The Ford LTD (1965-1982) was the Ford Motor Company’s full-sized car in America throughout the 1970s and beyond. In its first television ad it was simply called “the Ford” since it was just the sort of car Ford has been making for years, the only kind there was before 1960.
The LTD came from the Galaxie of the 1960s. In 1983 it became the LTD Crown Victoria and then, in 1992, just the Crown Victoria.
Unlike most cars from before and after its time, it had a square, box-like front.
Note that the Ford LTD in America is not the same car as:
- the LTD in Australia
- the LTD II (a sort of Torino)
- the LTD after 1982 (a smaller car)
“LTD” does not seem to be short for anything, except maybe “Lincoln Type Design”. It is a marketing name, not an engineering one.
The first LTD appeared in 1965 as a high-end Galaxie. It was called a Galaxie 500 LTD. In 1967 that was shortened to just LTD.
The Galaxie was a high-powered car that won races at Daytona. It did not win design awards like the Mustang, but to some it was the better car.
The LTD was a Galaxie for your mother. She would not win any races, but it drove smoothly and quietly and had a lot of room for people and bags. It was a car she could count on: it was very well built, much better than cars today. But even for its own time it was a hard car to turn, stop or parallel park.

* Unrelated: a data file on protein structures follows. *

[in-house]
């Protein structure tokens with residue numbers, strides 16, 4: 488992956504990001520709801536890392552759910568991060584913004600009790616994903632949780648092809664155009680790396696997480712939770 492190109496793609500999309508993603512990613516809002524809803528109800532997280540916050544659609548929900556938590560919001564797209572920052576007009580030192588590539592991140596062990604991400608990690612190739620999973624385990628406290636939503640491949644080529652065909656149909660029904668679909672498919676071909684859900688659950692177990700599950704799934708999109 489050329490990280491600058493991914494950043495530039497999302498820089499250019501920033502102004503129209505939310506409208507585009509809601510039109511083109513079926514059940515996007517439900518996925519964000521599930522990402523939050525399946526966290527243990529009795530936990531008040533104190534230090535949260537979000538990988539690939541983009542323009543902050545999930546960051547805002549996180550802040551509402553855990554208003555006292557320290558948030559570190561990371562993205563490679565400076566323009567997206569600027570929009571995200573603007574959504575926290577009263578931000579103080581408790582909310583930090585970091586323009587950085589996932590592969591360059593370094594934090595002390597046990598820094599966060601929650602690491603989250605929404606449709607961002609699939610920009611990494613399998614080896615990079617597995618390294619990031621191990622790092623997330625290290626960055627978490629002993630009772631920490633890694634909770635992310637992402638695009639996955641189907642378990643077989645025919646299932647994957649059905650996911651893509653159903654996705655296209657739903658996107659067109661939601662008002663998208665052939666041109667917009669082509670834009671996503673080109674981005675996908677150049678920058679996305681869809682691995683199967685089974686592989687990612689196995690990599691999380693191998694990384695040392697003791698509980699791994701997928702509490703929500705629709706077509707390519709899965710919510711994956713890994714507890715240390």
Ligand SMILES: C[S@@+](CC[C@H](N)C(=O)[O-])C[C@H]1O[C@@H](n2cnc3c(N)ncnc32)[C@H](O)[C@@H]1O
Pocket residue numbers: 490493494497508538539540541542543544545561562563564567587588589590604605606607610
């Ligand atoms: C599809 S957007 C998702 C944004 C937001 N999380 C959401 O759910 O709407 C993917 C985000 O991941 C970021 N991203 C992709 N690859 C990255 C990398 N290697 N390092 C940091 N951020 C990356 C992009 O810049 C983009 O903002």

The LTD was a heavy car with a high-powered engine. In the 1960s that was considered a good thing, but in the 1970s the price of oil went through the roof and it became a very bad thing. When oil was cheap it did not matter that burning a litre of petrol only took you 4 to 6 kilometres down the road (known as 10 to 15 miles a gallon in America). Now it did.
In the late 1970s Ford made the LTD lighter and gave it different sorts of engines to bring down its running costs. But it had already fallen way out of fashion by then – it was no longer Ford’s bread and butter. Worse still, in Ford’s attempt to make it a car that was cheaper to maintain – and that also polluted the air less – it became a large car with a weak engine.
In the early 1970s the LTD’s engine went up to 167 kW (224 horsepower). By 1979 only the police could get one with an engine that did better than 101 kW.
The estate car (station wagon) was called the Country Squire.
The last LTD convertible came out in 1972.
You see LTDs in films from this period (or set in this period). A blue one is the hero’s car in “Close Encounters of the Third Kind” (1977); Lois Lane is killed in a red one in “Superman: The Movie” (1978). Sigourney Weaver drives a 1972 Country Squire in “Ice Storm” (made in 1997, but set in 1973).